Also, Similar to vegetables, fruits contain antioxidants and other phytochemicals, which may help prevent cancer. One review found that at least three servings of citrus fruits per week reduced stomach cancer risk by 28%.


This orange-colored spice contains an ingredient called curcumin that may be useful in reducing cancer risk. Curcumin can inhibit some kinds of cancer cells in laboratory studies and slow the spread of cancer or shrink tumors in some animals. This cancer-fighting food is easy to find and can be used in a variety of recipes on your anti-cancer diet.


Berries, including strawberries, raspberries, blueberries, cranberries, blackberries, black raspberries, cherries, elderberries, and bilberries are all loaded with a cancer-fighting substance called Anthocyanins. Blackberries, black raspberries, and blueberries, in particular, have some of the highest levels of this health-promoting phytochemicals. Anthocyanins slow the growth of pre-malignant (cancer) cells and prevent new blood vessels from forming which would feed a cancerous tumor.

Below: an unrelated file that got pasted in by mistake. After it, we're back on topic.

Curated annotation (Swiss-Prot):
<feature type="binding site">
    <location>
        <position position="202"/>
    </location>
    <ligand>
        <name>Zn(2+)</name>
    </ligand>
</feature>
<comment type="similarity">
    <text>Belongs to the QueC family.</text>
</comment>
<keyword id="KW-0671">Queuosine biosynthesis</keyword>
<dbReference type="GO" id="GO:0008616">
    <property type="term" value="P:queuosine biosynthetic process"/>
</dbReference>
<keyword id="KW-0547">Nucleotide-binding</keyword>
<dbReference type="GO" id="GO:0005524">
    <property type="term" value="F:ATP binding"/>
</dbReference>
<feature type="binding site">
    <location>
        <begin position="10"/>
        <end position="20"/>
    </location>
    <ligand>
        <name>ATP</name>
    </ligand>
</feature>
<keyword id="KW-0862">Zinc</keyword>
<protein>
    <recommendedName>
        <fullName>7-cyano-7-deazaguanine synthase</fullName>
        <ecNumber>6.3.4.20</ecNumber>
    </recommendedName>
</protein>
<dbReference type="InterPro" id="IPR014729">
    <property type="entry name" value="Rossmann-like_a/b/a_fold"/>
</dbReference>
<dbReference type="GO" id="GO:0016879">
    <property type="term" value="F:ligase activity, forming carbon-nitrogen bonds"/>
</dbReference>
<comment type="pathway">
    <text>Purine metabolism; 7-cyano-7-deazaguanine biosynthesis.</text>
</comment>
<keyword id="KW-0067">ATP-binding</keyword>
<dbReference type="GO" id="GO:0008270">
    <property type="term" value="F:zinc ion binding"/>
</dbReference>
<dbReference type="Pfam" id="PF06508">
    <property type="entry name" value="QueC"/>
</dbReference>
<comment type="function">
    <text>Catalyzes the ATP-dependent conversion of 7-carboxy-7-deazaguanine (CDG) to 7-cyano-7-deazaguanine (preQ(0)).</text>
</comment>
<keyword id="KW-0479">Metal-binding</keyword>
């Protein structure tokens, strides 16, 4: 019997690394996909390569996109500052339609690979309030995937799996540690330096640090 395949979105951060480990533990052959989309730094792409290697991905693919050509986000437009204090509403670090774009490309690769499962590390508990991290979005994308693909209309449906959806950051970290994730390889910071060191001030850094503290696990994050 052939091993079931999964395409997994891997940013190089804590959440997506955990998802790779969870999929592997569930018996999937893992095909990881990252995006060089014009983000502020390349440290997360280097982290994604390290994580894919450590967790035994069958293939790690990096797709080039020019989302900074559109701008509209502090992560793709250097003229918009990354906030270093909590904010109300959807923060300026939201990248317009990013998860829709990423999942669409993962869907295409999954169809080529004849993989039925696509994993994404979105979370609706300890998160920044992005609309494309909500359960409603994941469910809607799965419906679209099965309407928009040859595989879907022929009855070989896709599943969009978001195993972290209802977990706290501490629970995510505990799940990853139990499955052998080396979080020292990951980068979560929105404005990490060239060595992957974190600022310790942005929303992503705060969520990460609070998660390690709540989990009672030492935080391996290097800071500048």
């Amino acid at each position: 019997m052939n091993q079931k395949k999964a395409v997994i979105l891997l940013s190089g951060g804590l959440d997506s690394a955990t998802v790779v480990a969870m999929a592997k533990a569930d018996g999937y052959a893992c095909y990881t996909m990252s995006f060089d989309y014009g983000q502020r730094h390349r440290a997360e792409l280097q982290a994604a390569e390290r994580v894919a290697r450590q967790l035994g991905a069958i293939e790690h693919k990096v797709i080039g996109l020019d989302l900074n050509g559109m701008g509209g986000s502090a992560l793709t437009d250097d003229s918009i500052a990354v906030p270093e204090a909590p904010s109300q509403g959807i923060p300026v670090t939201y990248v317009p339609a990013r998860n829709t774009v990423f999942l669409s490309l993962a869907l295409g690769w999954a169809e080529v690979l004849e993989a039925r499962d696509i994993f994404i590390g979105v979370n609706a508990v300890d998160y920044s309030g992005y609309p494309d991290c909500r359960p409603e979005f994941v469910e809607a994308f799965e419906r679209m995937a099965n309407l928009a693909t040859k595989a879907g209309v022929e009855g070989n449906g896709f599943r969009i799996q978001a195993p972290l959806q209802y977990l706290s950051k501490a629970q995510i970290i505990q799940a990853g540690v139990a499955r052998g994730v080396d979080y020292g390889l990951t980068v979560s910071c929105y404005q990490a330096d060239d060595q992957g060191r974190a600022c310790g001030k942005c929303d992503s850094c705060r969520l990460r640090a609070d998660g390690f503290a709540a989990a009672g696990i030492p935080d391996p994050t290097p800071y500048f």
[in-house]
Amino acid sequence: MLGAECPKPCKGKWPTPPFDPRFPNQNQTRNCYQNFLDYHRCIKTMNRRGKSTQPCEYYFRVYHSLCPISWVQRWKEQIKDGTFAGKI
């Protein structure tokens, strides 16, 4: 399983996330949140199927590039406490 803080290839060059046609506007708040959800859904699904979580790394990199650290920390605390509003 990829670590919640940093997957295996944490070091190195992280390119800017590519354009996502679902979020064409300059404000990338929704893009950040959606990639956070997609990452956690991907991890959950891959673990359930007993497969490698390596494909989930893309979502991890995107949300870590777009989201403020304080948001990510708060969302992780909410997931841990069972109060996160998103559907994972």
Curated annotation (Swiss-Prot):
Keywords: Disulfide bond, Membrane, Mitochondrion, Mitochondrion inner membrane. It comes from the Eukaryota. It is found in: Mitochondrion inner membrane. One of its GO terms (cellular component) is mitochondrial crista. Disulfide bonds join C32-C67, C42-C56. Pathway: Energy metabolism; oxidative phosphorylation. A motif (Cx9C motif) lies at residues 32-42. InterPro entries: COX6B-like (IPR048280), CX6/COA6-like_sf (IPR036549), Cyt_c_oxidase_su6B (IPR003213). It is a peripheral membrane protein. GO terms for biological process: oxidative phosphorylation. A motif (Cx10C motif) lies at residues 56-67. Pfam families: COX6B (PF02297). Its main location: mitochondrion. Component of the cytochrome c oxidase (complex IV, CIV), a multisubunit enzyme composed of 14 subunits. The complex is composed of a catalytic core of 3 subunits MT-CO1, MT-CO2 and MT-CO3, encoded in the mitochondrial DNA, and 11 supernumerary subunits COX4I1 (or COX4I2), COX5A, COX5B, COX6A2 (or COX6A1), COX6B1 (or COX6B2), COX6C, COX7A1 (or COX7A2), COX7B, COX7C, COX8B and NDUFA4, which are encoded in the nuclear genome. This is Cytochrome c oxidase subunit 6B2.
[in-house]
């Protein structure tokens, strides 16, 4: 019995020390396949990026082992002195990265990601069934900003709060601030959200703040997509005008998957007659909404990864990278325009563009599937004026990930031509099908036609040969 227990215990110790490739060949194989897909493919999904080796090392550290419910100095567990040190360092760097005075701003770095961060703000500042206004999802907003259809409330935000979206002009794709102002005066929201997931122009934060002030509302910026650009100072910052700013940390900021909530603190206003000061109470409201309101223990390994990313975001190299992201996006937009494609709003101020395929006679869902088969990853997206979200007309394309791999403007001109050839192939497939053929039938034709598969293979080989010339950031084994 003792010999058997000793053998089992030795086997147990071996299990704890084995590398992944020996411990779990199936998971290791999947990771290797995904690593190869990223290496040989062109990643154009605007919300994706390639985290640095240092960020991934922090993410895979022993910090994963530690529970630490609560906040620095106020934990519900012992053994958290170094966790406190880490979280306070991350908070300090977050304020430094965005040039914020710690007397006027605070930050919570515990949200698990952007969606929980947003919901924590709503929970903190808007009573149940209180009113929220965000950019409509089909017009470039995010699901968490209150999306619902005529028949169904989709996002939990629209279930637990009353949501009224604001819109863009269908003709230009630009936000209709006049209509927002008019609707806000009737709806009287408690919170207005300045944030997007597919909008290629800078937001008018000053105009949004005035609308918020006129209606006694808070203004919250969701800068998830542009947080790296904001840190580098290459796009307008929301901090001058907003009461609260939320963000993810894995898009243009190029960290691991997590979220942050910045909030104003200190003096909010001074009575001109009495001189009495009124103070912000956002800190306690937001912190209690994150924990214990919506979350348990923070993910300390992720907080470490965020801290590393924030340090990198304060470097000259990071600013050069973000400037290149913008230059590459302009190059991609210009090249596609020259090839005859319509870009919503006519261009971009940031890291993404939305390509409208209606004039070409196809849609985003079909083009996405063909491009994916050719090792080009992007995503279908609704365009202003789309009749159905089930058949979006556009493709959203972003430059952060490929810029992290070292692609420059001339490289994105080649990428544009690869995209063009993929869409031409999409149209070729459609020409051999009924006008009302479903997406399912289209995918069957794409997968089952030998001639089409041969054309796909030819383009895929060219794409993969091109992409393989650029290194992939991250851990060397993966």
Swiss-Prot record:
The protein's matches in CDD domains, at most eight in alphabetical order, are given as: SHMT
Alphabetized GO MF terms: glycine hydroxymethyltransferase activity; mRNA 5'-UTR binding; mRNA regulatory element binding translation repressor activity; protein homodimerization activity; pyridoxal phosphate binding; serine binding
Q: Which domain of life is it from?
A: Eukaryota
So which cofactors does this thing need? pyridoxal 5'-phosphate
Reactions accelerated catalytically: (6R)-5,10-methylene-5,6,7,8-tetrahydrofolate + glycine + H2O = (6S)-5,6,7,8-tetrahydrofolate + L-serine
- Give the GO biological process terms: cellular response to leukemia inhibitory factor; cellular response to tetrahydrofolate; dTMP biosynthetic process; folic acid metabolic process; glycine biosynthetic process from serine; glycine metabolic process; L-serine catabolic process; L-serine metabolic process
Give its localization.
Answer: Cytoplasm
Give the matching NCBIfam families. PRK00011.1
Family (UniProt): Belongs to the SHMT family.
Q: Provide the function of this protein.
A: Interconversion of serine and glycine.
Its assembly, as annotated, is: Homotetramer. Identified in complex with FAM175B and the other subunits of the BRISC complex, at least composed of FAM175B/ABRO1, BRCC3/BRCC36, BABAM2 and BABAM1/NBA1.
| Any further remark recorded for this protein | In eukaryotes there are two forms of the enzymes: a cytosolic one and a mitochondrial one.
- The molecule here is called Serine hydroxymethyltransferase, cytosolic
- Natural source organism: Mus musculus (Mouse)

Green tea is a powerful antioxidant and may be an important part of an anti-cancer diet. Green tea, a cancer-fighting food, may help prevent liver, breast, pancreatic, lung, esophageal, and skin cancer. The leaves of the tea plant (Camellia sinensis) contain antioxidants called catechins, which may help prevent cancer in a variety of ways, including keeping free radicals from damaging cells. Lab studies have found that catechins in tea can shrink tumors and reduce tumor cell growth. Some — but not all — studies in humans have also linked drinking tea to a lower risk of cancer. Both green and black teas contain catechins, but you’ll get more antioxidants from green tea, so you may want to consider a cup or more per day in your anti-cancer diet.